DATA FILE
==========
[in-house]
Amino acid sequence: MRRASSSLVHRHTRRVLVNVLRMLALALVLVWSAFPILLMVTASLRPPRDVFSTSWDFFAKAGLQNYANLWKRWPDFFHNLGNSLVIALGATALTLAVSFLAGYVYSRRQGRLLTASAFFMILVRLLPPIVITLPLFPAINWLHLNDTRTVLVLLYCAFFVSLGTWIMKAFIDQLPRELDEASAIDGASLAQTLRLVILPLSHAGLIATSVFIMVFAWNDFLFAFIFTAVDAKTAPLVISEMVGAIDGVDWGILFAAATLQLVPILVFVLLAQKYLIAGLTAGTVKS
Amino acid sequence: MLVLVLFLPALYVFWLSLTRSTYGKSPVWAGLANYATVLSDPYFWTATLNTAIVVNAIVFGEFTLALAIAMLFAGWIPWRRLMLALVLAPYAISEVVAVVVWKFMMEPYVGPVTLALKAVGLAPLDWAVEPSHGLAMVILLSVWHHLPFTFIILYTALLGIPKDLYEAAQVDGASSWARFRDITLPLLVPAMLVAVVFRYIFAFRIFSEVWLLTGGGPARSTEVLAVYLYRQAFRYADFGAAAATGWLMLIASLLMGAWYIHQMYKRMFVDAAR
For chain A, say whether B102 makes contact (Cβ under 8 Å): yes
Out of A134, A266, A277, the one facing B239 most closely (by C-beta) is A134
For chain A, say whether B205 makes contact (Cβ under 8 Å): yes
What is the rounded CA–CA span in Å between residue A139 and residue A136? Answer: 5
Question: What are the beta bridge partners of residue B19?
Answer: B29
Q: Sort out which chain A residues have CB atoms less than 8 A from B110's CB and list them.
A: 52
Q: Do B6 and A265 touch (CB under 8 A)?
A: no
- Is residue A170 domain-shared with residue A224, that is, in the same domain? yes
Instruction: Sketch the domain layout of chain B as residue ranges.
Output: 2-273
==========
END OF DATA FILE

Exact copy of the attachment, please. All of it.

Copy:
[in-house]
Amino acid sequence: MRRASSSLVHRHTRRVLVNVLRMLALALVLVWSAFPILLMVTASLRPPRDVFSTSWDFFAKAGLQNYANLWKRWPDFFHNLGNSLVIALGATALTLAVSFLAGYVYSRRQGRLLTASAFFMILVRLLPPIVITLPLFPAINWLHLNDTRTVLVLLYCAFFVSLGTWIMKAFIDQLPRELDEASAIDGASLAQTLRLVILPLSHAGLIATSVFIMVFAWNDFLFAFIFTAVDAKTAPLVISEMVGAIDGVDWGILFAAATLQLVPILVFVLLAQKYLIAGLTAGTVKS
Amino acid sequence: MLVLVLFLPALYVFWLSLTRSTYGKSPVWAGLANYATVLSDPYFWTATLNTAIVVNAIVFGEFTLALAIAMLFAGWIPWRRLMLALVLAPYAISEVVAVVVWKFMMEPYVGPVTLALKAVGLAPLDWAVEPSHGLAMVILLSVWHHLPFTFIILYTALLGIPKDLYEAAQVDGASSWARFRDITLPLLVPAMLVAVVFRYIFAFRIFSEVWLLTGGGPARSTEVLAVYLYRQAFRYADFGAAAATGWLMLIASLLMGAWYIHQMYKRMFVDAAR
For chain A, say whether B102 makes contact (Cβ under 8 Å): yes
Out of A134, A266, A277, the one facing B239 most closely (by C-beta) is A134
For chain A, say whether B205 makes contact (Cβ under 8 Å): yes
What is the rounded CA–CA span in Å between residue A139 and residue A136? Answer: 5
Question: What are the beta bridge partners of residue B19?
Answer: B29
Q: Sort out which chain A residues have CB atoms less than 8 A from B110's CB and list them.
A: 52
Q: Do B6 and A265 touch (CB under 8 A)?
A: no
- Is residue A170 domain-shared with residue A224, that is, in the same domain? yes
Instruction: Sketch the domain layout of chain B as residue ranges.
Output: 2-273